It may come as no surprise that the supermarket chains use their knowledge of consumer behaviour to subtly encourage you to buy more than you intended. According to consumer expert, Paco Underhill, up to two-thirds of our supermarket purchases are spontaneous.

Consider that for a moment: we go in with a few items in mind, and walk out with three times more than this. How can we be so easily convinced to part with our money due to design and fittings alone? Here are 5 ways the supermarket makes us buy more.

1. They make us feel good

The supermarket can be cold, clinical and vast. In order to combat this sense of utility, store designers added colour, texture and mood. When you approach the entrance you’re most likely to see a display of flowers and plants. Flowers make us feel good because they are bright and varied, and make us think of fresh produce and nature. This is the opposite of the utilitarian look, so already the stores are altering your perception before you’re even in the store.

This continues into the store, as we typically enter close to the fresh produce section. The colours are vibrant, the fruit is ripe and the veggies are crisp and fresh. The lighting is chosen to maximise the appearance of the produce, making it appear brighter and fresher than it is under natural light, according to Martin Lindstrom, author of Brandwashed: Tricks Companies Use to Manipulate Our Minds and Persuade Us to Buy.

The produce section is spacious and open, contrasting with the tall aisles that make up the bulk of the floorplan. We are being welcomed in gently and we are not overwhelmed by choice just yet. Below is a great video explaining this subtlety.

2. The smell of fresh bread

Most of the larger supermarkets make fresh bread onsite, and while this might sound more expensive than outsourcing the baking, keeping it in-store has its own benefits. Who isn’t allured by the smell of fresh bread? With our hunger provoked, the supermarket has another win. Instead of shopping for practical reasons, we are shopping for complex biological and emotional reasons that make it more likely that we’ll purchase more. Here’s a fascinating article that discusses this in more detail.

Freshly baked bread

3. They place popular items in strategic places

Navigating the aisles is the least fun part of shopping, and that’s perhaps the reason that the supermarkets encourage you to do it anyway. If all of the popular items were placed for convenience, we’d wander the aisles less often, so the clever minds that inform supermarket giants came up with a solution: make the shopper go to the centre of the aisle. That way, they have to pass as least half an aisle worth of products that they don’t intend to buy. Think coffee, cereals, soft drinks, bread and toilet paper: these common items are more likely to be in the centre of the aisle, surrounded by discretionary items.

Related: What would a sugar tax look like in Australia?

You’ll also notice that the more expensive items are at eye level, with cheaper generic options on the bottom or top shelves. Food that is marketed to kids will be close to their eye level. The strategic placement of retail products is called a planogram, and The Conversation discuss is further here.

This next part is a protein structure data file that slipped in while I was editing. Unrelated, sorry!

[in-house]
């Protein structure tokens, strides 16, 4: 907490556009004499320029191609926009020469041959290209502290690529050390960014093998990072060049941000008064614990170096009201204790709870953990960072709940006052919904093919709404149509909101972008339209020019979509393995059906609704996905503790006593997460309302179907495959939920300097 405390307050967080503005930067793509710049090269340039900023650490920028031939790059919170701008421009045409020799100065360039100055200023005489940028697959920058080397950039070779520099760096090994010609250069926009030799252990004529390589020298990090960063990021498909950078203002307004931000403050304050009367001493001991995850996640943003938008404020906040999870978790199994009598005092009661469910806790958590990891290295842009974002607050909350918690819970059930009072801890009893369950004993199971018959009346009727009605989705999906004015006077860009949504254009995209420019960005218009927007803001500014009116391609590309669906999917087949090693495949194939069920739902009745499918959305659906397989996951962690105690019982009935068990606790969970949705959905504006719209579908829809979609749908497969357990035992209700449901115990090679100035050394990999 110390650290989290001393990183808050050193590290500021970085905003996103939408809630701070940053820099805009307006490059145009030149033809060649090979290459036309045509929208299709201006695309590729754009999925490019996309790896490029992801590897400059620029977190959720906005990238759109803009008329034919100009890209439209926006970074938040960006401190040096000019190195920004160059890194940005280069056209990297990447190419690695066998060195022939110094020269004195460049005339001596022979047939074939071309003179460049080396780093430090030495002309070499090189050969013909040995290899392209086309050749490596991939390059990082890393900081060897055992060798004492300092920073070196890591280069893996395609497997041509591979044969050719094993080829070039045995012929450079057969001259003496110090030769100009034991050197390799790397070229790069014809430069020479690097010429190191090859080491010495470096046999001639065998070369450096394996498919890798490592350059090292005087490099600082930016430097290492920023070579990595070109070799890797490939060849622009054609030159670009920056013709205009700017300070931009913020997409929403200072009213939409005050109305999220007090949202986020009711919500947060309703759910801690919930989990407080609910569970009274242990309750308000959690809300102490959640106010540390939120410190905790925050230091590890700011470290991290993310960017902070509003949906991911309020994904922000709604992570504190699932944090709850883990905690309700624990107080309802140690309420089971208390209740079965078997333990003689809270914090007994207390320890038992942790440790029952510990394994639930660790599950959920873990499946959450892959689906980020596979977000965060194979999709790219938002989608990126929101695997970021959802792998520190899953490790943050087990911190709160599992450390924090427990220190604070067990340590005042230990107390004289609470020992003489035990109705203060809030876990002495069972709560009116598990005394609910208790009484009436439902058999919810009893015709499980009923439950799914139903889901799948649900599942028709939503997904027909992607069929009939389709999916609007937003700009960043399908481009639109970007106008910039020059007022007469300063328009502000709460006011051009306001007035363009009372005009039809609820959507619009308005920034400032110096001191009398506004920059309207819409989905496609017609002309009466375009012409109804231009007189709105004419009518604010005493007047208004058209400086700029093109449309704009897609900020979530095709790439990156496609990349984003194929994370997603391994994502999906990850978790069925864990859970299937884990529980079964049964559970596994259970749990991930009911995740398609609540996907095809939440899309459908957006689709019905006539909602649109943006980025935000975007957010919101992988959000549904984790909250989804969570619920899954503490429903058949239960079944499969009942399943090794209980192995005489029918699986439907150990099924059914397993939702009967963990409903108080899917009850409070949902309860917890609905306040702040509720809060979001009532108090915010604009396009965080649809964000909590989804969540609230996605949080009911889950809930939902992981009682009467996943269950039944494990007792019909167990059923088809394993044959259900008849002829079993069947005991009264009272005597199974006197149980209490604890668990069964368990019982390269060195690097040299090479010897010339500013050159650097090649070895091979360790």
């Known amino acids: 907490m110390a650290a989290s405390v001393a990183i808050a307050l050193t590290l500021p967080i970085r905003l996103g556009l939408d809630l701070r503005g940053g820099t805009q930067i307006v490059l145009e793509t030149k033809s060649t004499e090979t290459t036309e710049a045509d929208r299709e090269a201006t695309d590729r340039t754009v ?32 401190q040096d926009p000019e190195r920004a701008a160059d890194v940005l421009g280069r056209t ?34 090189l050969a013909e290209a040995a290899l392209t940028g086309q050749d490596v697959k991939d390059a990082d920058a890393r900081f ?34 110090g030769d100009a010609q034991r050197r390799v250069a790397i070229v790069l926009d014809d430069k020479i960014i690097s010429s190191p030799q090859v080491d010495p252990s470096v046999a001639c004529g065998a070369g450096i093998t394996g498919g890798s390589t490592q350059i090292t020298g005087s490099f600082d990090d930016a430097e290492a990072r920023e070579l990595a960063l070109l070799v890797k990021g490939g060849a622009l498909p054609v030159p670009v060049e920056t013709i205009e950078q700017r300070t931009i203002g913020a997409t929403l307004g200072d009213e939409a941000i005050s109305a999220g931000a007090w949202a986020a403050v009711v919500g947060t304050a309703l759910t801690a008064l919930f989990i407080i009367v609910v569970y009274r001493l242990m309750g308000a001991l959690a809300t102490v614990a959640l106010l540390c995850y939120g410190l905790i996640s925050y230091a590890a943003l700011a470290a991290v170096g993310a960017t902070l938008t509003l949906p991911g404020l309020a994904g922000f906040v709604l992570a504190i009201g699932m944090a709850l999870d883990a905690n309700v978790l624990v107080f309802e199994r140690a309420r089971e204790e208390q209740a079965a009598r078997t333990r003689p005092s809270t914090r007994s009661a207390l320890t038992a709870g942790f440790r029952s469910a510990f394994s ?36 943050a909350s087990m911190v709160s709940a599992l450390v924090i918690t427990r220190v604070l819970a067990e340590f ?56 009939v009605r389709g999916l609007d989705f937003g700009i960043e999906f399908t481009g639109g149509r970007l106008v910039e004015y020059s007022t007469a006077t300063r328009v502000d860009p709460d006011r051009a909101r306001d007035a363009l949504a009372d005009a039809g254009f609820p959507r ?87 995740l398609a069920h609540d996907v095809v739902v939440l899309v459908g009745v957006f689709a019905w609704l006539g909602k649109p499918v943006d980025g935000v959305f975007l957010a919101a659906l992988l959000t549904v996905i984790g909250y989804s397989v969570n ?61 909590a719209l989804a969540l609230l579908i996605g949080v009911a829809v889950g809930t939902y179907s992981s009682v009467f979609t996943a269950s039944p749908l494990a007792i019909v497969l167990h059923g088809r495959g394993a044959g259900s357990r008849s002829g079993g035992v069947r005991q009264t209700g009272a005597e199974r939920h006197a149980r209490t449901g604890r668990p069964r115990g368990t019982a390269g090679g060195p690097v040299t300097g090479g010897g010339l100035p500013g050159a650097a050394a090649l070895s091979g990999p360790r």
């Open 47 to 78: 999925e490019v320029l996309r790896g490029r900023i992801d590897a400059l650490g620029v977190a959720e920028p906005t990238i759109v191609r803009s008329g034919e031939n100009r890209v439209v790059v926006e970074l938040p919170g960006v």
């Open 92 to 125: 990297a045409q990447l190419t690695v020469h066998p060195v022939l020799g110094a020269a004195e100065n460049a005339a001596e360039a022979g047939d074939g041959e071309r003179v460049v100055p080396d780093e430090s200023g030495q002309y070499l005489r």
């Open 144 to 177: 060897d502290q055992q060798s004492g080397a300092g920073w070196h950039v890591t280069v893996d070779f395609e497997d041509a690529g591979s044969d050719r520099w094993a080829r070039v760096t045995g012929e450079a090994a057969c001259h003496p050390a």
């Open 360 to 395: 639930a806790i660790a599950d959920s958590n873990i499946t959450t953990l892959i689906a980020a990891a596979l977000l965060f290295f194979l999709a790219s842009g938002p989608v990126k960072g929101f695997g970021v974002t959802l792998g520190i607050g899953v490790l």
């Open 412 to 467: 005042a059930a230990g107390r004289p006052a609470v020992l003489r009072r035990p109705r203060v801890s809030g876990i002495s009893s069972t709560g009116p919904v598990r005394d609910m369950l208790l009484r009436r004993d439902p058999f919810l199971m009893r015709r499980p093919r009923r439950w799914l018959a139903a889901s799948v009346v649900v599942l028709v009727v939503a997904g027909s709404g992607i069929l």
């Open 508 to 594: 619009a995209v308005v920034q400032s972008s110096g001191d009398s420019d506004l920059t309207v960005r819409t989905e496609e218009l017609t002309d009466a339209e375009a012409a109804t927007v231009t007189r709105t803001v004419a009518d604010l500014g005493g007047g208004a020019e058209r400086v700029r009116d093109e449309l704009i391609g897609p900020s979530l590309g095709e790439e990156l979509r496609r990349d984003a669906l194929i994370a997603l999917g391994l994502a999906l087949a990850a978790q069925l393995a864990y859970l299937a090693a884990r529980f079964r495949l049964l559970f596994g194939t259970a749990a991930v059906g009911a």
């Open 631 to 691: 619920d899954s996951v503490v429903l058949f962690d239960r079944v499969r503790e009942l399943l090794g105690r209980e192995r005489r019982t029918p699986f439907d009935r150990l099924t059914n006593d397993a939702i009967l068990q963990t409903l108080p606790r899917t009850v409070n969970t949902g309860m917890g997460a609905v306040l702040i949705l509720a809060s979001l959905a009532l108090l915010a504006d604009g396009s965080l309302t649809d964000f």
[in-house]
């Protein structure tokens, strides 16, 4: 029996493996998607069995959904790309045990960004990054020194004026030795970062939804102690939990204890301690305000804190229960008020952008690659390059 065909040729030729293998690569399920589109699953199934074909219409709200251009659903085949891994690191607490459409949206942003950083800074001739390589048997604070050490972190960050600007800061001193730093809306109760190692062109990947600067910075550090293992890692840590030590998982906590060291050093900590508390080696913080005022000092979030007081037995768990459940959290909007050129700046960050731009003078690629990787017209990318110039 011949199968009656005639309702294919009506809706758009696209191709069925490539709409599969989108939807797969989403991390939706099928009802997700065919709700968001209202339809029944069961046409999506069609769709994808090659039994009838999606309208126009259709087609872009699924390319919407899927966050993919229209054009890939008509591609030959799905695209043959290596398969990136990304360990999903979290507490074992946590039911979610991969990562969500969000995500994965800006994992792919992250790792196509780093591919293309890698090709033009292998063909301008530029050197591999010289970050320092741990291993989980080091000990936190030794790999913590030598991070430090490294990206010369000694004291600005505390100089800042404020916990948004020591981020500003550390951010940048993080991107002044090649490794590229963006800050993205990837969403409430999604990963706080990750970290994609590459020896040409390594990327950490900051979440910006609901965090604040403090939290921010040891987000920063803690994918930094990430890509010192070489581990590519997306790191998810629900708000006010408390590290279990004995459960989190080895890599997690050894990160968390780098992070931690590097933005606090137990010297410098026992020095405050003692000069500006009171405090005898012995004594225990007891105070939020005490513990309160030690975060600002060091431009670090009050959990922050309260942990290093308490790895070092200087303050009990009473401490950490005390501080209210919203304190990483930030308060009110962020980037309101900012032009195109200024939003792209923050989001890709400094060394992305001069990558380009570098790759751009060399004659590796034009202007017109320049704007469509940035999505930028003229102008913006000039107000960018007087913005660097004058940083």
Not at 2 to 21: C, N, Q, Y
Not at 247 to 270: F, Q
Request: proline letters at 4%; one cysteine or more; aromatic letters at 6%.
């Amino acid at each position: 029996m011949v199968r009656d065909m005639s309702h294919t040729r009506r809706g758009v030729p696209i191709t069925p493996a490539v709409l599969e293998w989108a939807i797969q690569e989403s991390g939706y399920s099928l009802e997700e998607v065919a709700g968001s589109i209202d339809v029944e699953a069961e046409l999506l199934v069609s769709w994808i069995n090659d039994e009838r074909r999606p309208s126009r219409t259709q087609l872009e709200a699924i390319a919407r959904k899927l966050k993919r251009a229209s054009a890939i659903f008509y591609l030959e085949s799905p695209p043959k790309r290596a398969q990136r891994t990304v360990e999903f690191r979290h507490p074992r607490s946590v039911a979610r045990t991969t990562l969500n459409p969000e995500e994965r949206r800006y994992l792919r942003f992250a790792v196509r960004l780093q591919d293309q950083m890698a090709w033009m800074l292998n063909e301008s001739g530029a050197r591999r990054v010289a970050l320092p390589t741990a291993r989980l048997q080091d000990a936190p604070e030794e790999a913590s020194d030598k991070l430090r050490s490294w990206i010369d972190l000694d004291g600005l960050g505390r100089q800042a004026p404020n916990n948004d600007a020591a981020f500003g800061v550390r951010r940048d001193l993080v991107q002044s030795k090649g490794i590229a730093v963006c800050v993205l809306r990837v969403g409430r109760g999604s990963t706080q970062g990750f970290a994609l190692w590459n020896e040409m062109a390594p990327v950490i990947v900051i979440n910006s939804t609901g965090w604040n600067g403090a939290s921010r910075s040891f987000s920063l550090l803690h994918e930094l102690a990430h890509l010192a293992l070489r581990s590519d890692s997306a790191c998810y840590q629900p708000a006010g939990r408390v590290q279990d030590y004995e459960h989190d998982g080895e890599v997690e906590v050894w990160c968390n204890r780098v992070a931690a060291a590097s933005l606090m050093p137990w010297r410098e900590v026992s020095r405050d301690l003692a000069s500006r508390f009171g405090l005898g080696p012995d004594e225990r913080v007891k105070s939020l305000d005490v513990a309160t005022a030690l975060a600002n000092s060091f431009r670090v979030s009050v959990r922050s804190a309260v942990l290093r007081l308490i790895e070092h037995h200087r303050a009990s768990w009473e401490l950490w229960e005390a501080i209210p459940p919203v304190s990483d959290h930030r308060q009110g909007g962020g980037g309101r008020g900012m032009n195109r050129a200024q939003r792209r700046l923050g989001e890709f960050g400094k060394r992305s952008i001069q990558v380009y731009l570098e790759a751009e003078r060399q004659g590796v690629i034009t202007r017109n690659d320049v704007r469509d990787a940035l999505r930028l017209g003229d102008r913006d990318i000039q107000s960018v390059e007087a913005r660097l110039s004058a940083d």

Milk is towards the back of the store

4. Dairy gets booted to the back

Most of us get at least one dairy item when we go shopping, and that’s precisely why these items are never conveniently placed at the front of the grocery store. Milk is frequently separated from cheese, yoghurt and butter now, so you need to go to opposite ends of the supermarket in order to tick off your average grocery list. During this navigation, the supermarket has ample opportunity to entice you with new products and sale items. It’s called the boomerang effect, and National Geographic discusses it here.

5. Music increases spending

A rather famous 1982 study on music in supermarkets showed a remarkable effect: background music caused us to spend 34% more time shopping, which translated into an increase in sales. Add to this the absence of windows and clocks and we are suddenly less aware of the time. Supermarkets will select music that appeals to the greatest amount of people without being abrasive to the rest of the shoppers. Have you ever caught yourself singing along in the aisles?

Grocery list

4 ways to outsmart the supermarkets

Regardless of all the supermarket tricks, it’s by no means impossible to simply ignore them all and being aware is the first step. Here’s how to beat the psychology of grocery shopping.

  • The humble grocery list has fallen out of favour with shoppers, but technology can help you bring it back. Here’s an app to help you out, or here are a range of great, printable lists if you prefer hardcopies. You’ll save time as well as money!
  • Eat before you shop. Even if it’s just a snack, making sure you’re not hungry when you enter the store will give those bakery smells less of an impact.
  • Know how much food you want to buy – do you really need a trolley? Will a basket, or even your hands, be enough for your planned purchases?

From foods to insurance, make sure you’re in control and compare providers here

  • Compare prices. This may take a little longer, but supermarkets much have a price per kilo, per 100 grams or per litre. If you would rather save than have a particular brand, take the time to read the displayed labels.

Good luck, and happy savings!


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